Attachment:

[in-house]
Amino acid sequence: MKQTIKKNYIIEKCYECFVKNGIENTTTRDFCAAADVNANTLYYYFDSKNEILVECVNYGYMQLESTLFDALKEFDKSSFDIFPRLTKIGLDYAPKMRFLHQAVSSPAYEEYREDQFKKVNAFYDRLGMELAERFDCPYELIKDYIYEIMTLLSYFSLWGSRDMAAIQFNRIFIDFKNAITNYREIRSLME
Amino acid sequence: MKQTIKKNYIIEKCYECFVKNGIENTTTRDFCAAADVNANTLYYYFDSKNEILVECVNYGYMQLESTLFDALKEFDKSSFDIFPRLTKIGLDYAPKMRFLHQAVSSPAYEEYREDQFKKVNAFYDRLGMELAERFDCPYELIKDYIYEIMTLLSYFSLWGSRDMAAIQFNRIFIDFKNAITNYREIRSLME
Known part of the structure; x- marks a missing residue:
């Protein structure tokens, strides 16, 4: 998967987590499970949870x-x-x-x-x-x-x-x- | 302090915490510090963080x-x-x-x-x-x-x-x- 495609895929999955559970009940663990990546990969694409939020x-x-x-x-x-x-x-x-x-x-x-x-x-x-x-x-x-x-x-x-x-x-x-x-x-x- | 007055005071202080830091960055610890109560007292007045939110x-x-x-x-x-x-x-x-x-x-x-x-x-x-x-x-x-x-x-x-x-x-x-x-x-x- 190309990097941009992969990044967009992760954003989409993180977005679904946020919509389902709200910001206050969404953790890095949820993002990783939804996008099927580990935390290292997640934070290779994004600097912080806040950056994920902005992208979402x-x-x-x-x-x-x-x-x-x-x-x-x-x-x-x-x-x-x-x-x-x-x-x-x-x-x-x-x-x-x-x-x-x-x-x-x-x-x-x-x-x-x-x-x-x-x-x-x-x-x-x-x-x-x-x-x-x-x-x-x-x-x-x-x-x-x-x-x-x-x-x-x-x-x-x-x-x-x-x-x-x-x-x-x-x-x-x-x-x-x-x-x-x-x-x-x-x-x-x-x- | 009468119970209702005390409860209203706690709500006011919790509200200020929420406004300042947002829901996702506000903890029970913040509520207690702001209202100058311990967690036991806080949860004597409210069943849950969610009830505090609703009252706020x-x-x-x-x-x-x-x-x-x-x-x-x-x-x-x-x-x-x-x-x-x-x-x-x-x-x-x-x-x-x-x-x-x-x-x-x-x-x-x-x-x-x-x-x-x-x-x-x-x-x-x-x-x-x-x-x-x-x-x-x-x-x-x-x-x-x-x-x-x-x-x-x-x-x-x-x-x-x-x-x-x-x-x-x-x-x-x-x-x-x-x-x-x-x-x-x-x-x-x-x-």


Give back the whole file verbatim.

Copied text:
[in-house]
Amino acid sequence: MKQTIKKNYIIEKCYECFVKNGIENTTTRDFCAAADVNANTLYYYFDSKNEILVECVNYGYMQLESTLFDALKEFDKSSFDIFPRLTKIGLDYAPKMRFLHQAVSSPAYEEYREDQFKKVNAFYDRLGMELAERFDCPYELIKDYIYEIMTLLSYFSLWGSRDMAAIQFNRIFIDFKNAITNYREIRSLME
Amino acid sequence: MKQTIKKNYIIEKCYECFVKNGIENTTTRDFCAAADVNANTLYYYFDSKNEILVECVNYGYMQLESTLFDALKEFDKSSFDIFPRLTKIGLDYAPKMRFLHQAVSSPAYEEYREDQFKKVNAFYDRLGMELAERFDCPYELIKDYIYEIMTLLSYFSLWGSRDMAAIQFNRIFIDFKNAITNYREIRSLME
Known part of the structure; x- marks a missing residue:
């Protein structure tokens, strides 16, 4: 998967987590499970949870x-x-x-x-x-x-x-x- | 302090915490510090963080x-x-x-x-x-x-x-x- 495609895929999955559970009940663990990546990969694409939020x-x-x-x-x-x-x-x-x-x-x-x-x-x-x-x-x-x-x-x-x-x-x-x-x-x- | 007055005071202080830091960055610890109560007292007045939110x-x-x-x-x-x-x-x-x-x-x-x-x-x-x-x-x-x-x-x-x-x-x-x-x-x- 190309990097941009992969990044967009992760954003989409993180977005679904946020919509389902709200910001206050969404953790890095949820993002990783939804996008099927580990935390290292997640934070290779994004600097912080806040950056994920902005992208979402x-x-x-x-x-x-x-x-x-x-x-x-x-x-x-x-x-x-x-x-x-x-x-x-x-x-x-x-x-x-x-x-x-x-x-x-x-x-x-x-x-x-x-x-x-x-x-x-x-x-x-x-x-x-x-x-x-x-x-x-x-x-x-x-x-x-x-x-x-x-x-x-x-x-x-x-x-x-x-x-x-x-x-x-x-x-x-x-x-x-x-x-x-x-x-x-x-x-x-x-x- | 009468119970209702005390409860209203706690709500006011919790509200200020929420406004300042947002829901996702506000903890029970913040509520207690702001209202100058311990967690036991806080949860004597409210069943849950969610009830505090609703009252706020x-x-x-x-x-x-x-x-x-x-x-x-x-x-x-x-x-x-x-x-x-x-x-x-x-x-x-x-x-x-x-x-x-x-x-x-x-x-x-x-x-x-x-x-x-x-x-x-x-x-x-x-x-x-x-x-x-x-x-x-x-x-x-x-x-x-x-x-x-x-x-x-x-x-x-x-x-x-x-x-x-x-x-x-x-x-x-x-x-x-x-x-x-x-x-x-x-x-x-x-x-």